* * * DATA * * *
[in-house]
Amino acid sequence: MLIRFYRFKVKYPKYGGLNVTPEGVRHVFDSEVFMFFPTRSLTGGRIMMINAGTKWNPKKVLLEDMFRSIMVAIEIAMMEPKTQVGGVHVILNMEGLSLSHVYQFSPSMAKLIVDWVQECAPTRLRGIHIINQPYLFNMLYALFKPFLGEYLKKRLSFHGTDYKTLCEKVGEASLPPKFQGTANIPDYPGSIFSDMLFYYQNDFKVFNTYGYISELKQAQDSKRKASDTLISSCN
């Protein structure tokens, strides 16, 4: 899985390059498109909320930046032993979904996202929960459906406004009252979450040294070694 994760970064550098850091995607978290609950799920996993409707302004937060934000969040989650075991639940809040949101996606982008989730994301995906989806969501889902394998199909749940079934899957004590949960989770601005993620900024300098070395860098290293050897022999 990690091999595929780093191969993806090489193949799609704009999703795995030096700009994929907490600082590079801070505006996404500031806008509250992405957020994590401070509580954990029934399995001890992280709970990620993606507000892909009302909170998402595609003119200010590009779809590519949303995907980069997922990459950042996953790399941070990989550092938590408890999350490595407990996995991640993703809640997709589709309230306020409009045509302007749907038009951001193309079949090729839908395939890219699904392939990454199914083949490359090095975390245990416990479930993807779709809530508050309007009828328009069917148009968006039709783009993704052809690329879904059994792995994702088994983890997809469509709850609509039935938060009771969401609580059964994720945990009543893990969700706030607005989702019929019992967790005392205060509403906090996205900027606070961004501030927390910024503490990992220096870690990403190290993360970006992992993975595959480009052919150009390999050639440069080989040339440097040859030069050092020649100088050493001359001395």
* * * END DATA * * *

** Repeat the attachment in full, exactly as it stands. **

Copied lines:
[in-house]
Amino acid sequence: MLIRFYRFKVKYPKYGGLNVTPEGVRHVFDSEVFMFFPTRSLTGGRIMMINAGTKWNPKKVLLEDMFRSIMVAIEIAMMEPKTQVGGVHVILNMEGLSLSHVYQFSPSMAKLIVDWVQECAPTRLRGIHIINQPYLFNMLYALFKPFLGEYLKKRLSFHGTDYKTLCEKVGEASLPPKFQGTANIPDYPGSIFSDMLFYYQNDFKVFNTYGYISELKQAQDSKRKASDTLISSCN
């Protein structure tokens, strides 16, 4: 899985390059498109909320930046032993979904996202929960459906406004009252979450040294070694 994760970064550098850091995607978290609950799920996993409707302004937060934000969040989650075991639940809040949101996606982008989730994301995906989806969501889902394998199909749940079934899957004590949960989770601005993620900024300098070395860098290293050897022999 990690091999595929780093191969993806090489193949799609704009999703795995030096700009994929907490600082590079801070505006996404500031806008509250992405957020994590401070509580954990029934399995001890992280709970990620993606507000892909009302909170998402595609003119200010590009779809590519949303995907980069997922990459950042996953790399941070990989550092938590408890999350490595407990996995991640993703809640997709589709309230306020409009045509302007749907038009951001193309079949090729839908395939890219699904392939990454199914083949490359090095975390245990416990479930993807779709809530508050309007009828328009069917148009968006039709783009993704052809690329879904059994792995994702088994983890997809469509709850609509039935938060009771969401609580059964994720945990009543893990969700706030607005989702019929019992967790005392205060509403906090996205900027606070961004501030927390910024503490990992220096870690990403190290993360970006992992993975595959480009052919150009390999050639440069080989040339440097040859030069050092020649100088050493001359001395």